Prevent an application's Dock icons from showing in OS X

If needed, you can reduce Dock clutter by hiding the icon for persistent background and helper applications.

The OS X Dock offers a quick and convenient way to launch programs and manage ones that are currently open; however, there are times when a program you are using doesn't have any purpose in being presented in the Dock. For example, Dropbox is managed solely in the menu bar, so having a Dock icon will add no benefit and will only clutter the Dock.

This is the case with other programs that are intended to run as background helpers, or as menu extras, but sometimes this is not the case. For instance, if you are required to use Cisco's AnyConnect VPN software, then you may find that it runs as a menu extra but also has a Dock icon. The program does try to hide when the VPN is connected, but the Dock icon will remain as long as the program is open, and may be a bit of a clutter.

Info plist file in OS X
The Info.plist file is located within the Contents folder in the application package, and can be opened with TextWrangler or any text editor. Screenshot by Topher Kessler/CNET

In this and similar cases, it would be beneficial to have the program run, but not be represented in the Dock. Luckily, there is a way to do so.

By default any packaged application bundle (files that end with ".app" as the suffix) in OS X will be represented in the Dock when opened, but developers have the option of preventing this by including a small bit of information in the program's information property list. This file is a small settings file within the application itself, which holds information such as the program's current version, minimum OS requirements, and the type of application, among many other details.

To get to this file, simply right-click the program in the Finder and choose "Show Package Contents," followed by opening the "Contents" folder in the window that appears. In here, locate the file called "Info.plist" which is a small text file in Apple's Property List XML format. As with all property lists, this file is organized in a key-and-value structure, so to instruct the system to prevent the program from displaying in the Dock, we simply need to add the following key and value to this file:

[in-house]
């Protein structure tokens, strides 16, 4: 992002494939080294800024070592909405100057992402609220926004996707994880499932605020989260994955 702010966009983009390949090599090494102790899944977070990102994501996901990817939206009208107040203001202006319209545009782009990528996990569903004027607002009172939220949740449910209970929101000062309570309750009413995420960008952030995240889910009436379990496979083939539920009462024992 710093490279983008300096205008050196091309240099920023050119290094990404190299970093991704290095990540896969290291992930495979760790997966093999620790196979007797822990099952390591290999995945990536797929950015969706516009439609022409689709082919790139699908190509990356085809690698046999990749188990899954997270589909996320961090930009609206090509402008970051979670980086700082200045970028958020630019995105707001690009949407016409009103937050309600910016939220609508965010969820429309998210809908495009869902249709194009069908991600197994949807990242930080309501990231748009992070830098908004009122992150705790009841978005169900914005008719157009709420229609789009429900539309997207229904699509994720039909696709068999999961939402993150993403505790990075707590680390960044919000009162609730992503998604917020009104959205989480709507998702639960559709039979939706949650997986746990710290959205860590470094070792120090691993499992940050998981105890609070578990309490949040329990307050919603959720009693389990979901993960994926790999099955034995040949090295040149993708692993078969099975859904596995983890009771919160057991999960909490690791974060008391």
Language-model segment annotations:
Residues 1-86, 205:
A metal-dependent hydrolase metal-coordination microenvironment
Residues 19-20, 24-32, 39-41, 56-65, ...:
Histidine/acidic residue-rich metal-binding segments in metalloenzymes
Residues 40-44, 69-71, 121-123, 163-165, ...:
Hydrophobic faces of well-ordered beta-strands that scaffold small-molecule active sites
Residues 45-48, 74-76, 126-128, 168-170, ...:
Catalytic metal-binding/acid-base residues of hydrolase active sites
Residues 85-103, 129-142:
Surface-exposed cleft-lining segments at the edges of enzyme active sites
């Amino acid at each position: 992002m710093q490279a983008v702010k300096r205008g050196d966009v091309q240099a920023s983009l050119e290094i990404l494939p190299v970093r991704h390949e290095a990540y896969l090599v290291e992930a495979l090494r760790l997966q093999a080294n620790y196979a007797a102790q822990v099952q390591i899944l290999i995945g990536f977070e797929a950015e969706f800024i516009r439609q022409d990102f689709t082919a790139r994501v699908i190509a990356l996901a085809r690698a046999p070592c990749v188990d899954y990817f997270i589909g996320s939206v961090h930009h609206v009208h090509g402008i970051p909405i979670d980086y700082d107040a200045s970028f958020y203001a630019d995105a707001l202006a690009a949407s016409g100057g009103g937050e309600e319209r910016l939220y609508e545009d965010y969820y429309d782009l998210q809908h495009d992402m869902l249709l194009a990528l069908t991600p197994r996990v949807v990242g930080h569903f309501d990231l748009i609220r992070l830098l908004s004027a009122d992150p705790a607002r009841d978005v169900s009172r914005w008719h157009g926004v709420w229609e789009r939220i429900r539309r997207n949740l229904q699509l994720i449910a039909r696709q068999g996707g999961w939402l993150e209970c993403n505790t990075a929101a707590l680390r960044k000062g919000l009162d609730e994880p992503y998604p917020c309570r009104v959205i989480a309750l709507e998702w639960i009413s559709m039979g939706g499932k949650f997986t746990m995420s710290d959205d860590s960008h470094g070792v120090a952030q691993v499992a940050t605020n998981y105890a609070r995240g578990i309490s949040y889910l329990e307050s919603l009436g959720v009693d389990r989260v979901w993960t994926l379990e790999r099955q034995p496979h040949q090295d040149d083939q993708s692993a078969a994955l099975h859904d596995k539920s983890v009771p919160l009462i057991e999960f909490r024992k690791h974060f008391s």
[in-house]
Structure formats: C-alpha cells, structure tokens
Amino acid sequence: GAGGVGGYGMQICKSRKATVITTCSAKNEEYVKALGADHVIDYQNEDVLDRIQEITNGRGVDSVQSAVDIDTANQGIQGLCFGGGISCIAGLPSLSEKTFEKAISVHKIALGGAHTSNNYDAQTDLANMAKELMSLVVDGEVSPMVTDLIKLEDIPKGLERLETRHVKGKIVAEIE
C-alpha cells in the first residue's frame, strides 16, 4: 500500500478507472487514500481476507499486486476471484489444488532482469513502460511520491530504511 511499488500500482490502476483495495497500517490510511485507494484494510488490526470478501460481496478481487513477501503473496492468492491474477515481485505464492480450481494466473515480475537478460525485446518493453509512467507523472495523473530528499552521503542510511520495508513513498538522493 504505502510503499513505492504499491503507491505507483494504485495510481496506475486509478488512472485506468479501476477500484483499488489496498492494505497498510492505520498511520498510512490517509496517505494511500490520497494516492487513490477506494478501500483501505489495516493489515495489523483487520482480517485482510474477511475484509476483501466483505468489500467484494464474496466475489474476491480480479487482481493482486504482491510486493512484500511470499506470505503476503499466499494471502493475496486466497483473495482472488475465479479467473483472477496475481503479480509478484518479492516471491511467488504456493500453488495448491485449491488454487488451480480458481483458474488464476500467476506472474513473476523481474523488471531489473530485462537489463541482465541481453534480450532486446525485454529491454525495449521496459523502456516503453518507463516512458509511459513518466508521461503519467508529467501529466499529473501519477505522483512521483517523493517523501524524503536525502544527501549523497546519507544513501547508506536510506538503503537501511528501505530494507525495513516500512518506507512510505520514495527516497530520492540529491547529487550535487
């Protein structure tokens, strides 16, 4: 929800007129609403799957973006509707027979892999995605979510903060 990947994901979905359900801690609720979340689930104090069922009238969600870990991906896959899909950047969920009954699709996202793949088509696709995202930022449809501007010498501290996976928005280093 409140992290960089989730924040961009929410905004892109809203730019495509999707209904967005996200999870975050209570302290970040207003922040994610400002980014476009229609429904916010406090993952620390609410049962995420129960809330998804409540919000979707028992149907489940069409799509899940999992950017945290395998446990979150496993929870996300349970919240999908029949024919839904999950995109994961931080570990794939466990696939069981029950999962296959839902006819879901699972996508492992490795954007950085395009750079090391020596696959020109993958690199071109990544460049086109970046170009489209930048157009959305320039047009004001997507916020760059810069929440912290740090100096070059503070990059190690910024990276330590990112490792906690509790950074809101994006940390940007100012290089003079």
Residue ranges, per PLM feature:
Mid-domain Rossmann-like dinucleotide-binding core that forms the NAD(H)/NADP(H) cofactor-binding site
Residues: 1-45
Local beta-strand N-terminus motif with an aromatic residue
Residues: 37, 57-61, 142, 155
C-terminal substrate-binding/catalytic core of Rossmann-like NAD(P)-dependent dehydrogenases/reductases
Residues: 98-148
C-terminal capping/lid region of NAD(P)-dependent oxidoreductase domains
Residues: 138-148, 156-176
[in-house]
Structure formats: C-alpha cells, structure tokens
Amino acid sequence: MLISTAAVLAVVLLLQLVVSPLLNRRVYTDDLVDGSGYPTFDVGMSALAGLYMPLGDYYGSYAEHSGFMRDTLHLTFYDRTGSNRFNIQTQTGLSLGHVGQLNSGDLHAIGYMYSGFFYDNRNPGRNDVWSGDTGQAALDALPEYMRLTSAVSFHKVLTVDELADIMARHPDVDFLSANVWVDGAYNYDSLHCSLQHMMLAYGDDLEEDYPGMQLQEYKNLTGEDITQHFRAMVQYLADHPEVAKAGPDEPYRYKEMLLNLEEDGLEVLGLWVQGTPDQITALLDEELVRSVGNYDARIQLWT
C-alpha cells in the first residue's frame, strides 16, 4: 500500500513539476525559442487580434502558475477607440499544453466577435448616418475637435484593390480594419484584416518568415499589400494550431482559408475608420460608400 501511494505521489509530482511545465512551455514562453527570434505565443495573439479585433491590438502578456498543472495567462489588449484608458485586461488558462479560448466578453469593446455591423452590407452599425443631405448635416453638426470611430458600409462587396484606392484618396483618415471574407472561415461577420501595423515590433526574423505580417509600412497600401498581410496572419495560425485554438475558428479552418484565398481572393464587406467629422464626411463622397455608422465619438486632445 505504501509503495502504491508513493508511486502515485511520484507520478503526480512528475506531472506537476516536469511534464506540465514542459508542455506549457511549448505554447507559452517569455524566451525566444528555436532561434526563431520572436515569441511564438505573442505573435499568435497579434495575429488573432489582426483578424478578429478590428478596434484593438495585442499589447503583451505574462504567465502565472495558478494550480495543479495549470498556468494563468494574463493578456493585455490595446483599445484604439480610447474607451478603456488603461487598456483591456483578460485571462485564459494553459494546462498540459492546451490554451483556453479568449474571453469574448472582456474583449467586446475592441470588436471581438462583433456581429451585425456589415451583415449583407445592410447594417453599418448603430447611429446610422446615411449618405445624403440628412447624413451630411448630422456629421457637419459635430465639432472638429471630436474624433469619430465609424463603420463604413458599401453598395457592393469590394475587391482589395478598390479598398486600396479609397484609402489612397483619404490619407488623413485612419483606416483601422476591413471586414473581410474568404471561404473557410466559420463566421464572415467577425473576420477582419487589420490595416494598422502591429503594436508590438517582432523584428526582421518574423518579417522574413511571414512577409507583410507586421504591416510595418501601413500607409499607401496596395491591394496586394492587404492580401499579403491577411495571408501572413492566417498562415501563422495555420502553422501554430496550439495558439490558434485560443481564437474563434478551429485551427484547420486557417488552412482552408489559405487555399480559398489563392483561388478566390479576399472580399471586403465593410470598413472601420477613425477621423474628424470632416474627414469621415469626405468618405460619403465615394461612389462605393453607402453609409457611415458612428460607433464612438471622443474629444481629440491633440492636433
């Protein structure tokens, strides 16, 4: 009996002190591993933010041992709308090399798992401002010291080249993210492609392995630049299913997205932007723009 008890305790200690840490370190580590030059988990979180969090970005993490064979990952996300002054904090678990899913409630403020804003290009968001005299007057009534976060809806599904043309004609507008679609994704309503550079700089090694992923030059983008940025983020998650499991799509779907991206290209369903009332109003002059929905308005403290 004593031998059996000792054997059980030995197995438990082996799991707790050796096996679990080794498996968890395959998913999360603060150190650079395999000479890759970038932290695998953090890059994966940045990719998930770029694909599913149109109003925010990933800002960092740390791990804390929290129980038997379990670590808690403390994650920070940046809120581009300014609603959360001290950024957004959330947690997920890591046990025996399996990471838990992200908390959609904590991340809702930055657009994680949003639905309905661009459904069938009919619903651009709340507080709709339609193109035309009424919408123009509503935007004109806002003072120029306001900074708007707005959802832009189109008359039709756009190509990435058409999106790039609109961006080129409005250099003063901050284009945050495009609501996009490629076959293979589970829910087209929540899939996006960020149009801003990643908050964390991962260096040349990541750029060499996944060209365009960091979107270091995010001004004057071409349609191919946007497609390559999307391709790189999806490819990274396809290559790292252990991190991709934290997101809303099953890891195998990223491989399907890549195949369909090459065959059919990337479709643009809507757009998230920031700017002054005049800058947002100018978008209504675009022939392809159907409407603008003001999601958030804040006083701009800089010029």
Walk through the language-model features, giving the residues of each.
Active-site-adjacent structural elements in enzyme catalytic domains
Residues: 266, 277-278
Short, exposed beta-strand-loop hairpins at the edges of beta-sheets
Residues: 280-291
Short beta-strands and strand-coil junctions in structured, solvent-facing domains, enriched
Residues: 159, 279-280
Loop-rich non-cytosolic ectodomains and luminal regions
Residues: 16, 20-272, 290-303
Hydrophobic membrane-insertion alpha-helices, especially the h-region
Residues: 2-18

<key>LSUIElement</key>
<true/>

To do this, open the file in a text editor (Apple's TextEdit will work, but I recommend TextWrangler), and then search for the term "LSUIElement" using standard find functions. If found, then change the value for this key to "true," as shown above, and save and close the file. If the search reveals nothing, then insert the two key-and-value lines at the bottom of the file, just above the closing "</dict>" tag, so the file looks like the following:

Info plist file being edited in OS X
Add these two lines at this location in the Info.plist file, and the system will no longer reveal the program in the Dock when opened. Screenshot by Topher Kessler/CNET

Now save and close the file, and when you next launch the program it will not show up in the Dock. In the case of Cisco AnyConnect, the program will open, show its menu extra, and function normally in all intended ways, but not clutter the Dock.

While this can be useful for programs like AnyConnect, it should not be done arbitrarily for any program. If you do this for a word processing program like Pages, then after launching it, you will find switching back and forth between it and other programs to be a daunting if not impossible task. Therefore, reserve this for programs that either run as menu extras, background services, or helpers such as applescript applications.

Do keep in mind that editing a file in the program package will break any code signatures associated with it. This should not affect the program itself, but depending on GateKeeper security settings for your system you may need to right-click the program so an exception can be made and it will be allowed to run.



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About the author

    Topher, an avid Mac user for the past 15 years, has been a contributing author to MacFixIt since the spring of 2008. One of his passions is troubleshooting Mac problems and making the best use of Macs and Apple hardware at home and in the workplace.

     

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